Yesterday I linked to an excellent piece in the Danger Room about the Land Warrior gear currently in use in Iraq. Today I check back and see that the comments section has degenerated into a spitting match about calling Tarmiyah a “filthy little town” and the definition and political correctness of the term “Islamist”.
That’s always nice to see on a site primarily about defense technology.
I won’t even get into the whole debate over what “Islamist” means.
Another commenter responded to the “filthy little town” comment with:
I’ve been to Tarmiyah. It is little and also filthy (but then the trash tht litters Iraq makes a good deal of it filthy).
But what does he know? He was probably too busy being deployed to Iraq to take all of his nice little PC classes. (That’s what I tell my buddy who was part of the invasion of Iraq…What could he possibly know about what happened? He was with the Marines in the middle of the desert with no internet. Sheesh.)
I first noticed it at a truck stop outside of Basra. Actually, I’d seen it happen all over Iraq, but hadn’t paid much attention before. Now, as people peeled bananas, unwrapped cigarette packages, finished soft drinks, then dropped their garbage where they stood, it dawned on me: littering is a way of life in this country. Not that this particular truck stop offered much in the way of trash receptacles beyond a rusty oil drum and soiled cardboard boxes. What happened to waste material was clear: about fifty feet to the right of the dingy tea house and accompanying vendor stalls stood a four-foot-tall heap of fly-infested refuse. A pair of dogs were rooting through the debris.
Meanwhile, across the oil-soaked gravel of the parking lot, hordes of teenagers washed, rinsed, and wiped down motorists’ SUVs, Chevrolet Caprices, Volkswagen Passats, and other cars until they glittered in the sun. “That’s Iraq for you’ grunted my traveling companion, Iraqi journalist Yahya Batat. “They turn the landscape into a trash heap, yet make sure their cars are clean.”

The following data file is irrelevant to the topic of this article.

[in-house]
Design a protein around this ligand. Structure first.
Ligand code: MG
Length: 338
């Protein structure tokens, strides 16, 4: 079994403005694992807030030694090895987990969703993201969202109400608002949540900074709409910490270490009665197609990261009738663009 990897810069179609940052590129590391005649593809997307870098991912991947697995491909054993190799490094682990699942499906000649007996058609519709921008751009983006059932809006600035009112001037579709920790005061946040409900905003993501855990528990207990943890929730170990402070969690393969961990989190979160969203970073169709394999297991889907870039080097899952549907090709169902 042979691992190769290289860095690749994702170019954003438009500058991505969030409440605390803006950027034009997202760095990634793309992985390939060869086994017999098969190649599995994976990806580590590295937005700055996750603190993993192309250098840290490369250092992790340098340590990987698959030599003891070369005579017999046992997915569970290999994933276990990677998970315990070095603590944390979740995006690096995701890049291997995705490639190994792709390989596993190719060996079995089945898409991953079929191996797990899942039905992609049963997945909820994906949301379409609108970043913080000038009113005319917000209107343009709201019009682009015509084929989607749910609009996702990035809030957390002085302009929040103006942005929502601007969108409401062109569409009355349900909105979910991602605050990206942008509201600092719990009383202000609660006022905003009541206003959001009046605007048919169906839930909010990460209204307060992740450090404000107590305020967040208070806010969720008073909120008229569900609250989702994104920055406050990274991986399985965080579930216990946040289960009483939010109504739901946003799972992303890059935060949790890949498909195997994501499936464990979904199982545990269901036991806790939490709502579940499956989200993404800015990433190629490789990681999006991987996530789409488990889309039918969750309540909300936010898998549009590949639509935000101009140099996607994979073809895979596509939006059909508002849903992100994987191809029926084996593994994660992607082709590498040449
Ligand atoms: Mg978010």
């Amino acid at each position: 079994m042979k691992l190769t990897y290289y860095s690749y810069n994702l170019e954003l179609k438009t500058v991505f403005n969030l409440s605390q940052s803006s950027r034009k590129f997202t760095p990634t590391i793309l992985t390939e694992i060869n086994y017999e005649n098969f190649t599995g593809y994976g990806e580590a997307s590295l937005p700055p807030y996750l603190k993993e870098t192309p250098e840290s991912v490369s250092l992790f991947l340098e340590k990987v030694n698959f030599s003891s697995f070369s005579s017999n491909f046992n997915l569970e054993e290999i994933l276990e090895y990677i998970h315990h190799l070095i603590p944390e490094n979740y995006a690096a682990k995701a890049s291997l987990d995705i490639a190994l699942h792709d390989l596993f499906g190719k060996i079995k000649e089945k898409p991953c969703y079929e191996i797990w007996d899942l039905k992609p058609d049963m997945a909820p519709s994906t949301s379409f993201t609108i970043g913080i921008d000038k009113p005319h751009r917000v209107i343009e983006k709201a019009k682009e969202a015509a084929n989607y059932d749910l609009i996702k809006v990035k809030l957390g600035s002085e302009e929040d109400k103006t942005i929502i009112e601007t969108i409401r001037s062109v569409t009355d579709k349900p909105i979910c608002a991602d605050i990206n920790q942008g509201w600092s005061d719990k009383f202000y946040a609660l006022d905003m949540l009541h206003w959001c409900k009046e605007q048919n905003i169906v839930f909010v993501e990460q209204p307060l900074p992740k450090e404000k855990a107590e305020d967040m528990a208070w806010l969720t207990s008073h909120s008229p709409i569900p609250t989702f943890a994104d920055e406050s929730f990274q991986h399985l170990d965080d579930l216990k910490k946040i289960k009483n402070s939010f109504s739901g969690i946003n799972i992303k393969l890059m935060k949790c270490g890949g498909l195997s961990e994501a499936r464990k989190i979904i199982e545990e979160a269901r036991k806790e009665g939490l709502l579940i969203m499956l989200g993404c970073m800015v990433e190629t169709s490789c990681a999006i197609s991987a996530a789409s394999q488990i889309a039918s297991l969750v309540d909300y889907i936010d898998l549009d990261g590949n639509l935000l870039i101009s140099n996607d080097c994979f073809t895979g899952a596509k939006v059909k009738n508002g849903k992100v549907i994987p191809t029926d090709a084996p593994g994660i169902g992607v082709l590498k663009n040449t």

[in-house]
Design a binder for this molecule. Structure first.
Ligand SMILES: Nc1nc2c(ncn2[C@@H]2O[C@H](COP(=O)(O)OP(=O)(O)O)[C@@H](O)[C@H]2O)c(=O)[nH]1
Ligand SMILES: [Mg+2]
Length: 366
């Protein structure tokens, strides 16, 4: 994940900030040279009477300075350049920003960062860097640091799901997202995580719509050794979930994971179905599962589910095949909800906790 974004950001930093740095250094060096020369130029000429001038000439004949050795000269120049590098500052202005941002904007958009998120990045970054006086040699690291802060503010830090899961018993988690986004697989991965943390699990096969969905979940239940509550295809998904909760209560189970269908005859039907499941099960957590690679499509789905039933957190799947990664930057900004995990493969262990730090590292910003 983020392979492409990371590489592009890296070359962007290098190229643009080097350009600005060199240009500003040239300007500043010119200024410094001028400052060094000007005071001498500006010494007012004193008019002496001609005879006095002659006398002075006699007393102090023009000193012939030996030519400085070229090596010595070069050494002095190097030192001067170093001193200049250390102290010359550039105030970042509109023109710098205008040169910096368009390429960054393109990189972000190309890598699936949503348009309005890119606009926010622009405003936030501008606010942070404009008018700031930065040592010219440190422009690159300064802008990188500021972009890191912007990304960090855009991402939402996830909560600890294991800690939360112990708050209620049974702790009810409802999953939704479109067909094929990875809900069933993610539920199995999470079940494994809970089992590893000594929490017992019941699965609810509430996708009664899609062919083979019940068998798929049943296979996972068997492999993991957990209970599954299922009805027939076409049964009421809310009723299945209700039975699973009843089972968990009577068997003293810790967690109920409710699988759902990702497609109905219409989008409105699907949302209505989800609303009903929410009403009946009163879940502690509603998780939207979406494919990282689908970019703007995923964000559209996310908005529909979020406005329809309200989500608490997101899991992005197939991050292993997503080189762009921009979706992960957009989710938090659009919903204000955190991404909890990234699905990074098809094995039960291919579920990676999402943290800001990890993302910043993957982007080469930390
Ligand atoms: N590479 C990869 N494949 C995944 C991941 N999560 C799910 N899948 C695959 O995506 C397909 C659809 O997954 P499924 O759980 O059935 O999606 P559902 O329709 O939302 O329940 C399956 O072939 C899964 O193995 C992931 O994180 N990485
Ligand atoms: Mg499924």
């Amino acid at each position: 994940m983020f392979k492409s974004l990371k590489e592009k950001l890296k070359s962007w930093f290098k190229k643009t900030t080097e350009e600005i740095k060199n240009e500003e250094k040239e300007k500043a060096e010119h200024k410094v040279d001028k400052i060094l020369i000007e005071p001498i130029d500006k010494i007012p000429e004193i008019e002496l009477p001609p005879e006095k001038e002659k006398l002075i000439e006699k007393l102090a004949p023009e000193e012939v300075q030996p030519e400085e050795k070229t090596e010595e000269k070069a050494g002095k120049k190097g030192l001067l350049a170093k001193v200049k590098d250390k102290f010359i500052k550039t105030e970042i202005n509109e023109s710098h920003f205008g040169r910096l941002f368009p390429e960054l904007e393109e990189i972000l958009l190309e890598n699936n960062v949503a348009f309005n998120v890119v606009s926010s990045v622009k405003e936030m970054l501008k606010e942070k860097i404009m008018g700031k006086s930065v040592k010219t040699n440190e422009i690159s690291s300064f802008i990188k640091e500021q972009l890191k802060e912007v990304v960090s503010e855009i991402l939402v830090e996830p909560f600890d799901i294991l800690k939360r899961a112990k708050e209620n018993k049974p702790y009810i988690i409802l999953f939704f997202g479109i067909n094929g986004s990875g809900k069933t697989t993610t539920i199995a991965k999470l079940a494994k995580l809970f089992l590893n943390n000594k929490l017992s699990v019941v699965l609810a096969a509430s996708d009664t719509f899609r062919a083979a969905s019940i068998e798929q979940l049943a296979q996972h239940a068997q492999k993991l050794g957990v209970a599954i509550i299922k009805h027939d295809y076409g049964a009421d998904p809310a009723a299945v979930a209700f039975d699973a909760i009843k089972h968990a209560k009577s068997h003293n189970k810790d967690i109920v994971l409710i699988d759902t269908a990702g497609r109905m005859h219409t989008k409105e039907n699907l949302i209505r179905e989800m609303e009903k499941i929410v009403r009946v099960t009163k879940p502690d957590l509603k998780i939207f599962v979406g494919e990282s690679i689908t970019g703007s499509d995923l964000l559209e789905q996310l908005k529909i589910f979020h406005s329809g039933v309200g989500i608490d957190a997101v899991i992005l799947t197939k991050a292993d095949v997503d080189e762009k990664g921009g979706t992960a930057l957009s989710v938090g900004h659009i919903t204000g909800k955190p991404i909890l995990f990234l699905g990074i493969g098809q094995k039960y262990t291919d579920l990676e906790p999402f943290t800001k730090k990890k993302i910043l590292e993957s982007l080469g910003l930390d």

And not just their cars. Arriving in Basra later that day, I accompanied Yahya (pronounced ya-HEER) to his in-laws’ home, where, in true Arab custom, we were treated to a huge repast of fish, rice, salad, assorted condiments, and bread. Also in keeping with Arab mores, I noticed, the house was cool and comfortable, with immaculately clean interiors. Outside, on the street, it was a different matter. Down the block stretched small ridges of bottles, cans, rotting animal and vegetable matter, leading to a hillock of filth piled at the end of the road. Given the cleanliness of the house, the contrast was startling. Even more astonishing, people went about their business seemingly unconcerned with the trash laying about them slowly stewing in the sun.
It was the same across Basra–across Arab Iraq, in fact: spotless homes shielded by high concrete walls from the garbage that clotted the streets.
If you look through as many military photos from Iraq as I do, you’re sure to notice the trash that seems to be everywhere. This just seems to be the way that it is.
Here’s another bit from Vincent’s book that mentions trash:
Haider, for example, told me of acting as the translator for a German TV crew working outside of Baghdad in the summer of 2003.
The crew, he recounted, filmed a village trash heap, then reported, over his protests, that the smoldering compost was once “fertile farmland destroyed by Coalition bombs.”
Nice. If you haven’t red IN THE RED ZONE, you probably ought to.